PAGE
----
5. Limitations, alternatives, and future directions¶
BpForms has several known limitations. Here we describe these limitations and, where possible suggest alternative solutions to these limitations.
BpForms has limited ability to represent non-canonical backbones. However, non-canonical backbones can be encoded within monomers.
- Create another alphabet.
- Encode the canonical backbone within the monomers of the alphabet (e.g., build an alphabet of nucleotides rather than an alphabet of nucleosides or nucleobases).
- Add additional monomers to the alphabet that encode non-canonical backbones.
BpForms has limited ability to represent non-canonical backbone-backbone or backbone-monomer bonds. Users can represent non-canonical bonds by encoding non-canonical bonds within instances of
bpforms.Monomerthat represent multiple monomers. However, the BpForms notation cannot directly describe non-canonical bonds. The BpForms notation could be extended to clearly and compactly describe non-canonical bonds by adding an optional syntax for describing the atoms that bond and the atoms that are displaced by bonds. This syntax could use angle brackets to delimit bonds, a vertical pipe to delimit bonded atoms from displaced atoms, and the IUPAC numbering system to indicate the atoms that bonds and the atoms that are displaced (e.g.,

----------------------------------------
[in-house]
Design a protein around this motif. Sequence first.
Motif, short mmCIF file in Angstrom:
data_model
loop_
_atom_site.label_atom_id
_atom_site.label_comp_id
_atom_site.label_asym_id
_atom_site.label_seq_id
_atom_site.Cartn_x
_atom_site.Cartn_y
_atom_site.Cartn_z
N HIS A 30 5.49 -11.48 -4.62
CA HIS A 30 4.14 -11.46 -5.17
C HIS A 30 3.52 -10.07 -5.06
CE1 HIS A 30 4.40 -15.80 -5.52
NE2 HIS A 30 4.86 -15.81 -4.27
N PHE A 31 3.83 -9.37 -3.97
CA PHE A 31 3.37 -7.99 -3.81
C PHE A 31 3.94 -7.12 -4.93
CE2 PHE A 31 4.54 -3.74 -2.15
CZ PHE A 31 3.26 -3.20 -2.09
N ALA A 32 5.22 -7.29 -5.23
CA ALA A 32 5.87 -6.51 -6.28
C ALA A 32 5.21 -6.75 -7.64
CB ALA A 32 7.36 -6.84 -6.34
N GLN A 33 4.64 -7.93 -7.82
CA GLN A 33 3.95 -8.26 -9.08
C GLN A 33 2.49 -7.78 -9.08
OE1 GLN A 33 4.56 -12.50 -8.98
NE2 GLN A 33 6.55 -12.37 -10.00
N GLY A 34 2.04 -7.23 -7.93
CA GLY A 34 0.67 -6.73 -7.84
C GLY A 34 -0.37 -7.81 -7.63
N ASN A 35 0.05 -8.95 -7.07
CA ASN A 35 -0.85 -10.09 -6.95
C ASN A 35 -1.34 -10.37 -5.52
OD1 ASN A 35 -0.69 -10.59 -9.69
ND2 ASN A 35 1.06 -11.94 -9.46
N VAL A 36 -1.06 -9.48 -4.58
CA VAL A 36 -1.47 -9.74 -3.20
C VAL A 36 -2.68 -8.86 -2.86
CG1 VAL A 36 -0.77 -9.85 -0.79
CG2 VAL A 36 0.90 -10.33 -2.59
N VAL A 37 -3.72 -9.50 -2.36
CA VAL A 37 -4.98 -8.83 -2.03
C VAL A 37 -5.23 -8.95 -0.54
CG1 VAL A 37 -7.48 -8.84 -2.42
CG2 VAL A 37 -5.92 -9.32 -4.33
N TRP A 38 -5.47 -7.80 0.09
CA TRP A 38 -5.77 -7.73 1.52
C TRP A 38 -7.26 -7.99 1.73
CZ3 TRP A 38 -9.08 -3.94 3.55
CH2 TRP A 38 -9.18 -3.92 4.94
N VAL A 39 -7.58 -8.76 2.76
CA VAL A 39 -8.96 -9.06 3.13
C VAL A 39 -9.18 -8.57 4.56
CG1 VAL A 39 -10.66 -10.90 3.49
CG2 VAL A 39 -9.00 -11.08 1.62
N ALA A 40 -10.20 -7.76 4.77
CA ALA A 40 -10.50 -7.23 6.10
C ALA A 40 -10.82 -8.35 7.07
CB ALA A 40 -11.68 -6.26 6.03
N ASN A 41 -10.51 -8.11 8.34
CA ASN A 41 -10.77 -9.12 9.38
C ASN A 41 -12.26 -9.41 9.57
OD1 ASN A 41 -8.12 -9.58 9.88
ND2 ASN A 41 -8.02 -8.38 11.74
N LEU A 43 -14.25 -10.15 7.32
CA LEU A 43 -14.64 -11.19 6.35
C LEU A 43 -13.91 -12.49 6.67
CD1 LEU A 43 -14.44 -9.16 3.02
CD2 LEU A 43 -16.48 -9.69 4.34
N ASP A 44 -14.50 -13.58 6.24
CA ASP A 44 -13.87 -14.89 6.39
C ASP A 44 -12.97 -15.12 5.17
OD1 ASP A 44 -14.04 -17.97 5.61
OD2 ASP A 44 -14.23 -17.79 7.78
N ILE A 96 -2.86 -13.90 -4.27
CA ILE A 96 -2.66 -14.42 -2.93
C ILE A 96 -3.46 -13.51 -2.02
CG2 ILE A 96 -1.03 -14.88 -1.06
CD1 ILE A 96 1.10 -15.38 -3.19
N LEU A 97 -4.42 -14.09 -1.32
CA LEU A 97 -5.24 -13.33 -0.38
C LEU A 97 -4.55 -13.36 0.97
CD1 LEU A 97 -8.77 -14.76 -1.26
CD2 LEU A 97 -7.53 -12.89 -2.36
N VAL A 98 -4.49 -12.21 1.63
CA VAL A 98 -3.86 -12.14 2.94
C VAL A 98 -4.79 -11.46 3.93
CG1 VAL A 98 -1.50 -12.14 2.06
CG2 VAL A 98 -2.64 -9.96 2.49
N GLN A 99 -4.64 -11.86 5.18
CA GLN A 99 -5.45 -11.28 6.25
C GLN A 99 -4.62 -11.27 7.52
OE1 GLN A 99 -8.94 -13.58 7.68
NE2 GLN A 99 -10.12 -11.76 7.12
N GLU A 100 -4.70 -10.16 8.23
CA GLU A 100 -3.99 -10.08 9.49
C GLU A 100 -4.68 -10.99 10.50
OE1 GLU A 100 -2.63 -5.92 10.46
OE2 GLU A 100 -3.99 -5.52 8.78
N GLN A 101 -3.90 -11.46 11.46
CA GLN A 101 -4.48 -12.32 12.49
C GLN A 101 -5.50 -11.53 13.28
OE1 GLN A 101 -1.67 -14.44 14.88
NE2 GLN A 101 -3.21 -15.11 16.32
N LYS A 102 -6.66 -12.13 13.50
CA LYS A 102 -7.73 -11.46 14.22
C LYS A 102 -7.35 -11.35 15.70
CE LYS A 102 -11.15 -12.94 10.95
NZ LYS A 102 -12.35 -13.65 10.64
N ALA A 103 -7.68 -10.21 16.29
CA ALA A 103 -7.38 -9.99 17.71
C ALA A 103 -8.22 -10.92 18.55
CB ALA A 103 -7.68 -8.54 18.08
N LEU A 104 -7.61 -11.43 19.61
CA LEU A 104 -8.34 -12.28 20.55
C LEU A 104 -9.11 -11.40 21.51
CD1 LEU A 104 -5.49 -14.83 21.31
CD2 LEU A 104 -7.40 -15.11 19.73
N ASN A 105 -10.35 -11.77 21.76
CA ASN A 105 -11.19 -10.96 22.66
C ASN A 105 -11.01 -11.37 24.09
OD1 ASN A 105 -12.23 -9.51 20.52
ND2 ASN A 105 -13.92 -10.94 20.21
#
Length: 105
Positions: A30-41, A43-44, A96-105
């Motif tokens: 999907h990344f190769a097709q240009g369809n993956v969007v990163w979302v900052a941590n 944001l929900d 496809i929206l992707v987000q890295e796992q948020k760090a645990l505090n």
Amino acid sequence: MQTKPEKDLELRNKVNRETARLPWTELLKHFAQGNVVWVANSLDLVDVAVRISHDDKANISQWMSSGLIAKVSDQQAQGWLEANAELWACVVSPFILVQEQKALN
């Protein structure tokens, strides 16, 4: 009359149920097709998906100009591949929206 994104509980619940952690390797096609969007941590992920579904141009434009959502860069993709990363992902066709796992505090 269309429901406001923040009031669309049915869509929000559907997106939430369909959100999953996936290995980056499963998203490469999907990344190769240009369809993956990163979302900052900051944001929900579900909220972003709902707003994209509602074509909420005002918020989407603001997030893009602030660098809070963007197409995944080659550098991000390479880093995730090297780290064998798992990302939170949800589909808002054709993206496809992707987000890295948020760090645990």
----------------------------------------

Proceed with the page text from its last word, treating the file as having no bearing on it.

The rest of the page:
A<O4, P6 | H4, O6>C).
bpforms.BpForm.circularrepresents the circularity of biopolymers. This attribute must be set programmatically. The BpForms notation cannot not represent the circularity biopolymers.
BpForms cannot represent the secondary structure (e.g., base pairing) of biopolymers. Extending BpForms to represent secondary structure would enable BpForms to represent single strand breaks, crosslinks, and other deviations from the canonical secondary structures of biopolymers.
BpForms cannot represent branched biopolymers such as lipids.
Most importantly, BpForms should be extended to represent secondary structure. This would enable BpForms to describe DNA forms involved in DNA damage and repair.